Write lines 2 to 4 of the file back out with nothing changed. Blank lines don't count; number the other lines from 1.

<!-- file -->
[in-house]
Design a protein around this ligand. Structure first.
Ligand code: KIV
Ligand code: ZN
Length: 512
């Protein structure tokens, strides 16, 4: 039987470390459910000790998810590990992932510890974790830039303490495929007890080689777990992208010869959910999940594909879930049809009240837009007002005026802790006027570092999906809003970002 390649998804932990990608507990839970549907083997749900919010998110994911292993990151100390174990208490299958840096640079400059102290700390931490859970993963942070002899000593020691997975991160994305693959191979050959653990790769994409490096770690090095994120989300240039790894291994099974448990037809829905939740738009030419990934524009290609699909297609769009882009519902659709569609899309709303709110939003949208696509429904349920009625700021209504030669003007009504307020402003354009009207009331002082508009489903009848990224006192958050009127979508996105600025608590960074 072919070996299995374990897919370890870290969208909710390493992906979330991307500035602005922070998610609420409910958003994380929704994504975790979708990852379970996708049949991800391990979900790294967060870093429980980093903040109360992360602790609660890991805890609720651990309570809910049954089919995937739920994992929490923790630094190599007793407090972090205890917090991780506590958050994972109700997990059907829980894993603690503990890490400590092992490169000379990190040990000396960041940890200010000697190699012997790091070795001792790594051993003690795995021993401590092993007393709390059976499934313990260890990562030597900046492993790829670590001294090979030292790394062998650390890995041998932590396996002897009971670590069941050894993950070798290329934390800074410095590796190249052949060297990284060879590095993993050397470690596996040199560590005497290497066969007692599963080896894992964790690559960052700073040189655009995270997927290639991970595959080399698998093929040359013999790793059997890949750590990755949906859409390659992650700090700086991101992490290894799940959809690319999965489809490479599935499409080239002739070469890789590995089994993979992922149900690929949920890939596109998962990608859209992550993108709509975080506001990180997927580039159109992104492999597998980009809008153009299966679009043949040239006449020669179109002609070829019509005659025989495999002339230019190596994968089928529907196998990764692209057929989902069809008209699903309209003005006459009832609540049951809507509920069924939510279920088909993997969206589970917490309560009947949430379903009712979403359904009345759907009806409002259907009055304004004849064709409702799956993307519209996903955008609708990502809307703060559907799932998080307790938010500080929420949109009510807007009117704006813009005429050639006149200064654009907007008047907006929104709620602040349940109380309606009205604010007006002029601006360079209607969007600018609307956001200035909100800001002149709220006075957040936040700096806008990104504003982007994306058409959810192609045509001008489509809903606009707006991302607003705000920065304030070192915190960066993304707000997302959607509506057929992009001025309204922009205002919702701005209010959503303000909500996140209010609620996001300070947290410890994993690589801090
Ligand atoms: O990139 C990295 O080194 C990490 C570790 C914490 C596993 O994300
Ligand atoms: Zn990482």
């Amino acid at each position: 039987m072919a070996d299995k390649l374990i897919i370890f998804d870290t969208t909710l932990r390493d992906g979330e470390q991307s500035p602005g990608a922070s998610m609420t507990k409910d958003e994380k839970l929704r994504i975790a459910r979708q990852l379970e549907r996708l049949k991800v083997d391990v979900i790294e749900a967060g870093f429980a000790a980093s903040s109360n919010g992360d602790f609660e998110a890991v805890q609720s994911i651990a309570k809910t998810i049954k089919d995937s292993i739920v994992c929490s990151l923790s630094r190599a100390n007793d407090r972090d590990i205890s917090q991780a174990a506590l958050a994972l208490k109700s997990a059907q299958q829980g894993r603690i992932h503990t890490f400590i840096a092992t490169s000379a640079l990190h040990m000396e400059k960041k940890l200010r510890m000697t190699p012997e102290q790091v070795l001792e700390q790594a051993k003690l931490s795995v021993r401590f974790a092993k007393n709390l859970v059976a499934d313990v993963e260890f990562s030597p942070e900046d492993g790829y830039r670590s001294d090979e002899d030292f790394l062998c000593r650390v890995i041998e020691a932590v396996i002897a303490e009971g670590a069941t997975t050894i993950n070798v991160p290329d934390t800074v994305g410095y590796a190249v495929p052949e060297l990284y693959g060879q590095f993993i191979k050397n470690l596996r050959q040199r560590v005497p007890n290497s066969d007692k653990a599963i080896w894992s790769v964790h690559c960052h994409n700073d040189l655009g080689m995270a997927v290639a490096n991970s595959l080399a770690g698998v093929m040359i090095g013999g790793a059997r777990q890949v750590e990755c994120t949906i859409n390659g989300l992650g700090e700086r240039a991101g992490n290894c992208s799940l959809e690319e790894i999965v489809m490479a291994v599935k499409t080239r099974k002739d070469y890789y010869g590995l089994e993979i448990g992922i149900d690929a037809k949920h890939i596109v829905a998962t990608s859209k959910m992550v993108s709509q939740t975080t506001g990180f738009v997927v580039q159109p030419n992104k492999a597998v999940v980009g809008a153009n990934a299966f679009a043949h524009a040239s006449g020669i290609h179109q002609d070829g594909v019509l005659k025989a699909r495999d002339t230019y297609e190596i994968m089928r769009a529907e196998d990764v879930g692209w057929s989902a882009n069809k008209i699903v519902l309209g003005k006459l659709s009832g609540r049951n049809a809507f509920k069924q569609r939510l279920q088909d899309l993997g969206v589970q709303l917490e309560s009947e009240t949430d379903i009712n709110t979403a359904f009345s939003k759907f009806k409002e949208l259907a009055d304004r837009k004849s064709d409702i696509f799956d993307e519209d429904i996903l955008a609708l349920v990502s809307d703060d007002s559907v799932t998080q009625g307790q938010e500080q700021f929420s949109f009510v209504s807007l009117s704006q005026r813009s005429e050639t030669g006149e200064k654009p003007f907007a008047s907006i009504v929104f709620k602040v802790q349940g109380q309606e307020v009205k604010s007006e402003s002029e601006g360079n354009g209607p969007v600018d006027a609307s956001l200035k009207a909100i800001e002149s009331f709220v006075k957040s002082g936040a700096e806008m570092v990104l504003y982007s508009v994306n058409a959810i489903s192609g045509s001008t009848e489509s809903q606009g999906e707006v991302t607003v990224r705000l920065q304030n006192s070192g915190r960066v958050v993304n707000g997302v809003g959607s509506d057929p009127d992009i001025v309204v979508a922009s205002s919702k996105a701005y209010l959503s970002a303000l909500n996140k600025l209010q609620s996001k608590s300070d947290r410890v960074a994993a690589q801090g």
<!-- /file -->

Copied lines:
Design a protein around this ligand. Structure first.
Ligand code: KIV
Ligand code: ZN